John McGahern’s stylistic and narratological art

Beatrix Busse, Daniel McIntyre, Nina Norgaard, Michael Toolan

    Research output: Contribution to journalArticlepeer-review


    The Irish writer John McGahern is acknowledged as a master stylist in both his novels and his short stories. In this article we discuss the stylistic and narratological factors that contribute to the artistry in McGahern’s short story writing. We analyse three stories: “A Slip-up”, “All Sorts of Impossible Things”, and “Creatures of the Earth”, using a combination of qualitative and quantitative methodologies. The stylistic devices that we concentrate on are speech and thought presentation, negative polarity, lexico-semantic foregrounding, prospection and projection, collocation and semantic prosody, and keyness. We argue that by analysing these devices it is possible to gain an insight into the way in which McGahern draws the reader into his stories and generates empathetic responses to his characters. Consequently, these stylistic techniques may be seen as integral to McGahern’s style as a writer.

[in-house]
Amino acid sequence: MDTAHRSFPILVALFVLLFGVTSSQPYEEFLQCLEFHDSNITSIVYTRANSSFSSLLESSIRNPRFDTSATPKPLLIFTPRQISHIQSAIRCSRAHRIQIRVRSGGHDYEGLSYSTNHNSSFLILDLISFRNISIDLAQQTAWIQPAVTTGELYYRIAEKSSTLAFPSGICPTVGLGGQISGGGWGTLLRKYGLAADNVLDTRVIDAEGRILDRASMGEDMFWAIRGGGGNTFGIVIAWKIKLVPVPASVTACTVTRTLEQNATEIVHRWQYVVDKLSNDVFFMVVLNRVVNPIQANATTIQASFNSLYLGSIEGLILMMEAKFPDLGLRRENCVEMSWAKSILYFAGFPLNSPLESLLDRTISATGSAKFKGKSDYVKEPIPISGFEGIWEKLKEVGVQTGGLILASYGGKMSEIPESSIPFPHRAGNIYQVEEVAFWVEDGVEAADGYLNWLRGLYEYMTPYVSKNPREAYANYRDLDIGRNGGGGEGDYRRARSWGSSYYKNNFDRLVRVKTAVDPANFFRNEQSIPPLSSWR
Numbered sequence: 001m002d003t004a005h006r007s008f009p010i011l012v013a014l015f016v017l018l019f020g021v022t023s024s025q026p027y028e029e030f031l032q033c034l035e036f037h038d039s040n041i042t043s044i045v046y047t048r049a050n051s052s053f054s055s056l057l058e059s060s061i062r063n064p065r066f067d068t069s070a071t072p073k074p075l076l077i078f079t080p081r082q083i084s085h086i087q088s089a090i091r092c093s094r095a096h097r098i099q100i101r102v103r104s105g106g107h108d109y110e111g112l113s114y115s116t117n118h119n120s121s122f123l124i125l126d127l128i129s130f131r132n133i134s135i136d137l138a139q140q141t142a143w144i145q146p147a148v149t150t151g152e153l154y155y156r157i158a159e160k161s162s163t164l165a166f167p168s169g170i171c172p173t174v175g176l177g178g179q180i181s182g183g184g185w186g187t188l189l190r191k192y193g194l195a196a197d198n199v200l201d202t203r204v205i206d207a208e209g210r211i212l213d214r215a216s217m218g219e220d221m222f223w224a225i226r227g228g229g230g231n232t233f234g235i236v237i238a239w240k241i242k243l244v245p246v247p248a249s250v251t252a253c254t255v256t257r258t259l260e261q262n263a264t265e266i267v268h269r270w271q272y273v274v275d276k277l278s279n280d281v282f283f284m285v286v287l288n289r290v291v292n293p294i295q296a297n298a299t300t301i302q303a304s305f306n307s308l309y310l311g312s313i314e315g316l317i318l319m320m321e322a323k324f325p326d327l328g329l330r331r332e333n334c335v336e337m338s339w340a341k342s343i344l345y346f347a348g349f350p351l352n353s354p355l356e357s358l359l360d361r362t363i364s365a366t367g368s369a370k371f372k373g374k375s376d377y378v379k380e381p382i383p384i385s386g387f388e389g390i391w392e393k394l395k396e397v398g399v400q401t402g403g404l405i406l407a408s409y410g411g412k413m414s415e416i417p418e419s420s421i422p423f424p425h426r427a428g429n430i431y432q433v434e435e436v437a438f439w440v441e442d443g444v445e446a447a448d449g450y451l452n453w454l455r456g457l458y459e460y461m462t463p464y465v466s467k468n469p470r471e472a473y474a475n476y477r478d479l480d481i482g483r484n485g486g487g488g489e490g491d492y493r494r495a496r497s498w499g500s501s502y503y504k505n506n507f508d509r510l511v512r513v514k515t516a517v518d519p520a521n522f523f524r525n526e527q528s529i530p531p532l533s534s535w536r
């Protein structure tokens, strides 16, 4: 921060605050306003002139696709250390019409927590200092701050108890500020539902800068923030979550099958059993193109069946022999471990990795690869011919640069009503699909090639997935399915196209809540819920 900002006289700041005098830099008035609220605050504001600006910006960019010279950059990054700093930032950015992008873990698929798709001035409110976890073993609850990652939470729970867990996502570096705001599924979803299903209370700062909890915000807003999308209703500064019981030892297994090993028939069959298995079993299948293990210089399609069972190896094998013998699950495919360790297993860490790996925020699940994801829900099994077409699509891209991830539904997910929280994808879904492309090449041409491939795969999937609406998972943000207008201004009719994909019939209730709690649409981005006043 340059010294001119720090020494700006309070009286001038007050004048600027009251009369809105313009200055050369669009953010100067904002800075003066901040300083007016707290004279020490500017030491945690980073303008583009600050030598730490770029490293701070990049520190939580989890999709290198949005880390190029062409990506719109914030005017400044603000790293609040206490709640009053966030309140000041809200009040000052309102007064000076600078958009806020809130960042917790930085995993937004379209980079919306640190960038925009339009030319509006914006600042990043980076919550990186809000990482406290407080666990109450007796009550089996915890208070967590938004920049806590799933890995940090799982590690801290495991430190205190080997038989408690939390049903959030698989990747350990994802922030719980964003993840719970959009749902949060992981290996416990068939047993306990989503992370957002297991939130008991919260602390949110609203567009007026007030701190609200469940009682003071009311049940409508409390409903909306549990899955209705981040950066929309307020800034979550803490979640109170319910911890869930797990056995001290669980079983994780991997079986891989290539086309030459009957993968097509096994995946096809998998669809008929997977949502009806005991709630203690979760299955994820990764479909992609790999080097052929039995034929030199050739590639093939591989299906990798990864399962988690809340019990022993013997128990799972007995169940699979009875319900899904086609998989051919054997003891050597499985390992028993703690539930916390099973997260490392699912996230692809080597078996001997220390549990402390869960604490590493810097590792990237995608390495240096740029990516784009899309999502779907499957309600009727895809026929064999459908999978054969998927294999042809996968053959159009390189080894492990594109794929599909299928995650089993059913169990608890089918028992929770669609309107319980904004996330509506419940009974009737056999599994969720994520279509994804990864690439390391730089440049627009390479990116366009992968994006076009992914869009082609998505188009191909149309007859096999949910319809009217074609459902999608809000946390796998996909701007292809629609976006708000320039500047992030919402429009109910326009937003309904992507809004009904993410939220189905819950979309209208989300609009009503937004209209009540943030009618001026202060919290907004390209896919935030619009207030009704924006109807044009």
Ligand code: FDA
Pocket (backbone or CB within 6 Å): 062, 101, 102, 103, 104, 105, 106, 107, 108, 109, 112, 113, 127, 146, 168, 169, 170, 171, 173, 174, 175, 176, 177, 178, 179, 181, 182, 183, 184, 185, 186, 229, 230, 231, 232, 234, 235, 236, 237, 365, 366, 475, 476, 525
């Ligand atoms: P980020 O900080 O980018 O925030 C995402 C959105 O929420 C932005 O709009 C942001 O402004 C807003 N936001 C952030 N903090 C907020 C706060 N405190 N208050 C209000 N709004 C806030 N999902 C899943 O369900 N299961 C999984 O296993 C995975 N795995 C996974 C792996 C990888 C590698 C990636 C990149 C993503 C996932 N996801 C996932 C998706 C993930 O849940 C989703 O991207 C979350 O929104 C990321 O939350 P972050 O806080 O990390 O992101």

Original languageEnglish
    Pages (from-to)101-131
    Number of pages30
    Publication statusPublished - 1 Jan 2010


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